Hilo Harbor, Hawaii, Hawaii
Construction and Rehabilitation History
The Corps completed the
(Section A-A, Figure 3 ) .
Only minor repairs were required to restore the original
at an average annual cost of ,000 based on 1967 money.
The tsunami of 1 April severely damaged 6,000 ft of the break-
water. Primary armor stone and core material were displaced both
seaward and toward the harbor down to an average elevation of
-3.0 ft mllw. A 1,100-ft-long breach occurred adjacent to the
Tsunami damage was repaired using original design criteria at a
total cost of
Storm waves of December 1951 caused damage to 13 areas (Figure 4 ) .
By October 1952 the structure had been repaired to the original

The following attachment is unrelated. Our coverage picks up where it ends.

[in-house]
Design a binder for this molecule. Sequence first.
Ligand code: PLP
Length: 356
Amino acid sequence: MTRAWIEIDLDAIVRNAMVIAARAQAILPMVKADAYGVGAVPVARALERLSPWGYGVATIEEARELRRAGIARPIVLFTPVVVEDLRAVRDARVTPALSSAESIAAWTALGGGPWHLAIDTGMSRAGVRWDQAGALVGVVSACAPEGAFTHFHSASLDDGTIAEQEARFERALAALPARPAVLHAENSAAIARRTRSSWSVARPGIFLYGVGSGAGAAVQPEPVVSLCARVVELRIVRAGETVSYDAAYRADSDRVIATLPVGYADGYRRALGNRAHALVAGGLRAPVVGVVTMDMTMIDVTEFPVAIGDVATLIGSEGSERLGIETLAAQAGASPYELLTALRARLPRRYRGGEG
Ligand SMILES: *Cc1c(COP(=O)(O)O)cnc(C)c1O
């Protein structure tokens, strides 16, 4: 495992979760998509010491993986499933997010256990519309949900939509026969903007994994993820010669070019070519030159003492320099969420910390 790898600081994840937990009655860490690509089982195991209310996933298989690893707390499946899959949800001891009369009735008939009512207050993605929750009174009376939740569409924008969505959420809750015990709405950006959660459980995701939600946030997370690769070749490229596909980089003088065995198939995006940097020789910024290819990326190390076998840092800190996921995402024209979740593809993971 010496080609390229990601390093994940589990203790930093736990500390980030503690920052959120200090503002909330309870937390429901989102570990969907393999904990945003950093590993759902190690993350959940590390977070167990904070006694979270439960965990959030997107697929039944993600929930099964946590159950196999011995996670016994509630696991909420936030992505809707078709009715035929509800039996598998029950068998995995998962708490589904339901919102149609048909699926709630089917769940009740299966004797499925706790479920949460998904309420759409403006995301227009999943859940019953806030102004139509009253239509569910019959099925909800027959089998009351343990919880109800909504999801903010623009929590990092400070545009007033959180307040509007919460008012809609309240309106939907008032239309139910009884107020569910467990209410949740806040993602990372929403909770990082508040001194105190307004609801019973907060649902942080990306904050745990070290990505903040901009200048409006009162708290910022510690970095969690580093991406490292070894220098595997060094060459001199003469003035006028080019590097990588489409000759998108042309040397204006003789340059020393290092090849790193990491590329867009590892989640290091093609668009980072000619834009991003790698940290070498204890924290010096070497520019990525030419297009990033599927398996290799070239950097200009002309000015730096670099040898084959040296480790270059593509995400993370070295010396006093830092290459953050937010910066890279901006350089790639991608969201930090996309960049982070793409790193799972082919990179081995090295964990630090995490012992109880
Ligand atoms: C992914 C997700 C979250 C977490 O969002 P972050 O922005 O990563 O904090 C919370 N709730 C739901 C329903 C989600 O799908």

cross section at a cost of ,000.
Storm waves of March
caused damage to several areas (Fig-
By August 1957 the structure had been repaired to its
original cross section at a cost of ,000. The structure was
but sustained no damage.
exposed to the tsunami of March
The tsunami of 1960 caused breakwater damage (Figure
was not as severe as that sustained by the 1946 tsunami. Less
severe damage was attributed to the direction of wave attack. The
approach was less direct than that of 1946; therefore, wave
energy reaching the structure was less than what had occurred in
and 1960 average annual maintenance costs were
repair work did not
It was thought that the
key the replacement armor into the existing structure, thus
resulting in weaker cross sections in these repair areas.
Storm waves of February 1965 caused additional damage at
Between the 1960 and the 1967 tsunami, no repair work was done due
to the possibility of total rebuilding of the breakwater as one
leg of a proposed tsunami barrier for Hilo Harbor, The average
annual cost of structure maintenance had been ,900 for the
first 37 years of the project.
(Sheet 1 of